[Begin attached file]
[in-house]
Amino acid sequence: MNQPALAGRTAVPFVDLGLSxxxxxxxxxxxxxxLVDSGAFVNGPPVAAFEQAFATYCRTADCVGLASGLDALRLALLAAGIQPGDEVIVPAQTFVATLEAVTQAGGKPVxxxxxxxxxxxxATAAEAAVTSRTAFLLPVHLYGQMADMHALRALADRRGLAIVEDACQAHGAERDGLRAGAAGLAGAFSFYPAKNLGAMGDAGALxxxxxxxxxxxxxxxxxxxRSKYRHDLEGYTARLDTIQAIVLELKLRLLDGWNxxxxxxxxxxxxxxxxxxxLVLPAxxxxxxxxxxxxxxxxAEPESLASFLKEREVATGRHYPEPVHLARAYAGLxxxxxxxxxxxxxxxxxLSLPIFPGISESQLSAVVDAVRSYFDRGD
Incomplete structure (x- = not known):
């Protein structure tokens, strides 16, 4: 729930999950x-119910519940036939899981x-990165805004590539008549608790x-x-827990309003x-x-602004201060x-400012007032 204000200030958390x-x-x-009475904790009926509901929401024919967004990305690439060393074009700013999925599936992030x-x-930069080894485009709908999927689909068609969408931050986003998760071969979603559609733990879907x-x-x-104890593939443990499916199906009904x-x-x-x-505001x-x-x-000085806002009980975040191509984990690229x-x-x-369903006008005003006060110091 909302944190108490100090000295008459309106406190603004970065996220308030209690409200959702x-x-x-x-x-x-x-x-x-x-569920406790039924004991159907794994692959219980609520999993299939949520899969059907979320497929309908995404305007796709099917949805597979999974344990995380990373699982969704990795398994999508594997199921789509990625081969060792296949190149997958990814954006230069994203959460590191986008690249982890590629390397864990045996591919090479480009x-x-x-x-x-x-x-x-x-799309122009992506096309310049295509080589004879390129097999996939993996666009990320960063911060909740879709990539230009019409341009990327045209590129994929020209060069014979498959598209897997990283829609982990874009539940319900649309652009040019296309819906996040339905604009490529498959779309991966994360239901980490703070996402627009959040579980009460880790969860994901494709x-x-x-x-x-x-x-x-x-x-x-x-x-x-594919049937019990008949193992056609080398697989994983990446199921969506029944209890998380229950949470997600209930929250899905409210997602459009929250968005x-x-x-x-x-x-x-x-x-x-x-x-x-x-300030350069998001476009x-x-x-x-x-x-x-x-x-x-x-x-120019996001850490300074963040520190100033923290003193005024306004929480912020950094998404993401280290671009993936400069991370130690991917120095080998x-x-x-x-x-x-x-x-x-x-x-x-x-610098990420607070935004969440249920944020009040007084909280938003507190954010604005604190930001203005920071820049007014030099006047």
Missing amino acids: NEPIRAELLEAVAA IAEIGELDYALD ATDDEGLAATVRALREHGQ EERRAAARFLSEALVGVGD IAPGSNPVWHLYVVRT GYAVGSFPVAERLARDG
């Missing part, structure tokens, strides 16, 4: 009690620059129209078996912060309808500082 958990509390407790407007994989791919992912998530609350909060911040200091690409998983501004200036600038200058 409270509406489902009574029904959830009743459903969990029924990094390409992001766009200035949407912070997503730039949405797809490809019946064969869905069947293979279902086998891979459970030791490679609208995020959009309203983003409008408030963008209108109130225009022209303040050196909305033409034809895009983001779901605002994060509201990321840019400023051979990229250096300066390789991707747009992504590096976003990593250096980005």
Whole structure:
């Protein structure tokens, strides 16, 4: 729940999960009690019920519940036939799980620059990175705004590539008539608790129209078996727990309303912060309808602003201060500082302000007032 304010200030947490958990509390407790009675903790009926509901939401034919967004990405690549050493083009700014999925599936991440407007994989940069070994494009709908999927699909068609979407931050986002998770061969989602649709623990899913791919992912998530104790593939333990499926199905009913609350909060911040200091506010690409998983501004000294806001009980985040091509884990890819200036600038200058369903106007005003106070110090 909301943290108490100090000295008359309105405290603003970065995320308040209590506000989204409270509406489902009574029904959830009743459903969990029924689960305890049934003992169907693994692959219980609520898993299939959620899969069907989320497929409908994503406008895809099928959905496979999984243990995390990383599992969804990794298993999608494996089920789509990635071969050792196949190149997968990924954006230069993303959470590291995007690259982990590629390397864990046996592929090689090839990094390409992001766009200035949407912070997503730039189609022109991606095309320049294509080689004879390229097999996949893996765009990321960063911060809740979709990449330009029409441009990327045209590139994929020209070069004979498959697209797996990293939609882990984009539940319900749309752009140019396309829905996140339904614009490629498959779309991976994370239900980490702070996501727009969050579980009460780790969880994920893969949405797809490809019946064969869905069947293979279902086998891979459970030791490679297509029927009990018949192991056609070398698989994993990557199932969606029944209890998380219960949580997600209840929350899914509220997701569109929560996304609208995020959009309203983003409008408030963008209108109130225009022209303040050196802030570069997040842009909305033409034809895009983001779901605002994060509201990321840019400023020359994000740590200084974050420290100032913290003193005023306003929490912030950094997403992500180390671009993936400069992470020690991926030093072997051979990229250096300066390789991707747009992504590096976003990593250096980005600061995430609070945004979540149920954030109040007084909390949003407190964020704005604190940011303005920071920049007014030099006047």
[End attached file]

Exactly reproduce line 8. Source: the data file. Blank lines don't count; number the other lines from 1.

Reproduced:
């Protein structure tokens, strides 16, 4: 729940999960009690019920519940036939799980620059990175705004590539008539608790129209078996727990309303912060309808602003201060500082302000007032 304010200030947490958990509390407790009675903790009926509901939401034919967004990405690549050493083009700014999925599936991440407007994989940069070994494009709908999927699909068609979407931050986002998770061969989602649709623990899913791919992912998530104790593939333990499926199905009913609350909060911040200091506010690409998983501004000294806001009980985040091509884990890819200036600038200058369903106007005003106070110090 909301943290108490100090000295008359309105405290603003970065995320308040209590506000989204409270509406489902009574029904959830009743459903969990029924689960305890049934003992169907693994692959219980609520898993299939959620899969069907989320497929409908994503406008895809099928959905496979999984243990995390990383599992969804990794298993999608494996089920789509990635071969050792196949190149997968990924954006230069993303959470590291995007690259982990590629390397864990046996592929090689090839990094390409992001766009200035949407912070997503730039189609022109991606095309320049294509080689004879390229097999996949893996765009990321960063911060809740979709990449330009029409441009990327045209590139994929020209070069004979498959697209797996990293939609882990984009539940319900749309752009140019396309829905996140339904614009490629498959779309991976994370239900980490702070996501727009969050579980009460780790969880994920893969949405797809490809019946064969869905069947293979279902086998891979459970030791490679297509029927009990018949192991056609070398698989994993990557199932969606029944209890998380219960949580997600209840929350899914509220997701569109929560996304609208995020959009309203983003409008408030963008209108109130225009022209303040050196802030570069997040842009909305033409034809895009983001779901605002994060509201990321840019400023020359994000740590200084974050420290100032913290003193005023306003929490912030950094997403992500180390671009993936400069992470020690991926030093072997051979990229250096300066390789991707747009992504590096976003990593250096980005600061995430609070945004979540149920954030109040007084909390949003407190964020704005604190940011303005920071920049007014030099006047």